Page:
If I could go back and redo anything, it'd be either knocking out core classes at a community college or picking a school that cost less. As a 17 year old, I didn't quite realize how much I was going to be paying back until I was about to graduate. Of course, as your bread and butter adult ammy, it takes work to make time for horses. It's waking up at 5am to work out, working from 8-5, fighting traffic to the barn after work 5-6x a week, and not getting home until 9pm. Then it's managing vacation days and shows, but I know my mom's gotten a few good pictures of me braiding and leading conference calls with my team.


            • #26
              Originally posted by OTTB_Chick View Post
              Thank you all for the advice! I like the idea of accounting because I really like math and doing that sort of stuff so I will look more into that. xQHDQ Thank you for putting those jobs and their info like that. I really like the problem horses! I currently am riding a problem horse that was given to me and I am working with 3 other "problem" or "Green Beans" that are at my barn. I love them and they may not be the best for my body or sanity at times but I love them so much!

              Thank you all for the advice! I can't wait to read more!
              You may like them now, when they present an interesting challenge and you presumably have someone else paying for your health insurance coverage and other life expenses. Problem horses are frankly a lot less appetizing when you are paying your own bills, with the knowledge that one bad fall could put you out of commission for many months - during which time you might have no other way to earn a living, pay your rent or buy food.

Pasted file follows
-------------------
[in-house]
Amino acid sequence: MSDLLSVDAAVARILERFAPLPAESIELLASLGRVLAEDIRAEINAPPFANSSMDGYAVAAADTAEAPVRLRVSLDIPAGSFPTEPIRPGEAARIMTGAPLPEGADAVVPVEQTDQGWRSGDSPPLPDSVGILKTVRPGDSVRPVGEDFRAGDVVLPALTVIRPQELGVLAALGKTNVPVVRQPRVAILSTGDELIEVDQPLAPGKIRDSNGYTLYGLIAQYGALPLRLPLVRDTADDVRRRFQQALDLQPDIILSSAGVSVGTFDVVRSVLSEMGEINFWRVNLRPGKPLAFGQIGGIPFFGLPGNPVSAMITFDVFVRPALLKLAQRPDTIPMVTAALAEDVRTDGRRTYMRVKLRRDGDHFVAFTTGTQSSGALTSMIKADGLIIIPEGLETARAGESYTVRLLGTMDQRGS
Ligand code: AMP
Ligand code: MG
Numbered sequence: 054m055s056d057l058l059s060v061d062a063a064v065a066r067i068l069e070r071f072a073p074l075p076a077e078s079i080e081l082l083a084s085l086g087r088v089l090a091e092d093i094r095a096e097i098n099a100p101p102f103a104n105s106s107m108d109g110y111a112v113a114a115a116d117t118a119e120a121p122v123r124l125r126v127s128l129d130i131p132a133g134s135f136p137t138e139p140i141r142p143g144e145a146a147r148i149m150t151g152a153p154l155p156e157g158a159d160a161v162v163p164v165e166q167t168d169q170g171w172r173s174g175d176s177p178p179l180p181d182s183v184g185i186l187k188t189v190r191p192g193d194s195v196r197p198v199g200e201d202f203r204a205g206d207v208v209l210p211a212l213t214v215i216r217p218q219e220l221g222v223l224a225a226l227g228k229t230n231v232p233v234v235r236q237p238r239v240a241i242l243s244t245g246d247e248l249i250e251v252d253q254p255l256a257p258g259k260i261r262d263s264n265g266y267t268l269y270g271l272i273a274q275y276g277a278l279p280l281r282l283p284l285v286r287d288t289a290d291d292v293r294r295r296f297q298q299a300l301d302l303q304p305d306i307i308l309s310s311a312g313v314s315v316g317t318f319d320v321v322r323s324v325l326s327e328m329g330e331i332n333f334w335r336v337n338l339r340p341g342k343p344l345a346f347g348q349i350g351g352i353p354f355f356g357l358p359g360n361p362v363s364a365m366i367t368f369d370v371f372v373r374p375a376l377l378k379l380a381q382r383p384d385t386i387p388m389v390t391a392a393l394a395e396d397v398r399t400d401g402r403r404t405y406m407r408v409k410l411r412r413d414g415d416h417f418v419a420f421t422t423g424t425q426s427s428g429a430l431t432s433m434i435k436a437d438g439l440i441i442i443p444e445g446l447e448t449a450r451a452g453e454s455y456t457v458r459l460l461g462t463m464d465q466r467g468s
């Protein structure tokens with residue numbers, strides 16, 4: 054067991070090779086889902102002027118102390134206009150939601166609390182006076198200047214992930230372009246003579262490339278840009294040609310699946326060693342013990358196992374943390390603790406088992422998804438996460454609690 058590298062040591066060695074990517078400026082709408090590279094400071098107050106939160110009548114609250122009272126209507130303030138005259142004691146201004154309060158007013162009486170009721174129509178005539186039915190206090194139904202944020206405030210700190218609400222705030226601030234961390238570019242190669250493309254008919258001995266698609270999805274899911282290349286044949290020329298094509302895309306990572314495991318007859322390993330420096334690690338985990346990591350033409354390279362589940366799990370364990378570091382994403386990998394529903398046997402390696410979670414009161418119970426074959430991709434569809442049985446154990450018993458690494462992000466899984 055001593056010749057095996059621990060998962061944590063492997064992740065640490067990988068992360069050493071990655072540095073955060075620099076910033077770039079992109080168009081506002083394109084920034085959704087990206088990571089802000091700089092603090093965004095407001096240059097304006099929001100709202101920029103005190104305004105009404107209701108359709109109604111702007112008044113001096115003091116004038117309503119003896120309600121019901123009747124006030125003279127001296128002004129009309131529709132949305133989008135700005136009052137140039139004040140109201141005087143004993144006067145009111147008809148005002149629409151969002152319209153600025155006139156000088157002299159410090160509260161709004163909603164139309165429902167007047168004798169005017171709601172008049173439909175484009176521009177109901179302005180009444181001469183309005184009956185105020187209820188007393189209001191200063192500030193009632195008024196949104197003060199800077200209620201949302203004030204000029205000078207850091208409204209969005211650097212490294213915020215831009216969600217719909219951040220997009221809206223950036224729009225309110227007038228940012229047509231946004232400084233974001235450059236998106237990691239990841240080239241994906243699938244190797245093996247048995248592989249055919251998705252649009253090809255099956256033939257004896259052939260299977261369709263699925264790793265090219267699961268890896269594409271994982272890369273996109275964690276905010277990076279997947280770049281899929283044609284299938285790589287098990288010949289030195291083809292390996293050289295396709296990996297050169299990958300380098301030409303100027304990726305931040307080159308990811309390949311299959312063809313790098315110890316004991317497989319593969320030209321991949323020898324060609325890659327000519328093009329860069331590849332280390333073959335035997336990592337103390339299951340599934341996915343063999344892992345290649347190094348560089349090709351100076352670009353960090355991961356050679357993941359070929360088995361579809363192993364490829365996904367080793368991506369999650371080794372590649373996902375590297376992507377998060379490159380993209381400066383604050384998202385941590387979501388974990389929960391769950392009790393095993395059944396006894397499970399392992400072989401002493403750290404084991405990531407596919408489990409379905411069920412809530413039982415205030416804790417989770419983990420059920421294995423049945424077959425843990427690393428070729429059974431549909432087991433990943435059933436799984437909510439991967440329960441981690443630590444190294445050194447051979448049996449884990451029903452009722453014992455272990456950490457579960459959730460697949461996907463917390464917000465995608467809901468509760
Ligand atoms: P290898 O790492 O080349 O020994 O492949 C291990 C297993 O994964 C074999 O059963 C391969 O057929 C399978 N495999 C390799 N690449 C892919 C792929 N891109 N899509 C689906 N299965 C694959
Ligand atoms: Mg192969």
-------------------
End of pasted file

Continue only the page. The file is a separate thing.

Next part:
My advice is to get a solid education that will allow you to make a good living and enjoy horses as a hobby.
              We move pretty fast for some rabid garden snails.


              • #27
                The question I have for you is what do you like to study (I noticed math earlier)? Most people change career 5-7 times in their life. You will be miserable spending time studying something you don't enjoy and you won't do as well in it. Find something you enjoy studying and look at what skills you are developing doing that. These are probably skills you can use in a wide range of settings. The National Association of College and Employers asked their employer members to identify the key competencies they want of all college graduates. Here they are:
                Whatever you can do, or dream you can, begin it. Boldness has genius, power, and magic in it. Goethe


                • #28
                  It isn't enough to like problem horses. You need to be able to get them doing something credible in a discipline to have people really notice.

                  You do not want to try making a career out of sorting out low end problem horses for budget conscious ammies and newbies. There will not be much money in that. Obviously some clients might be in that category but it's not enough to build a business.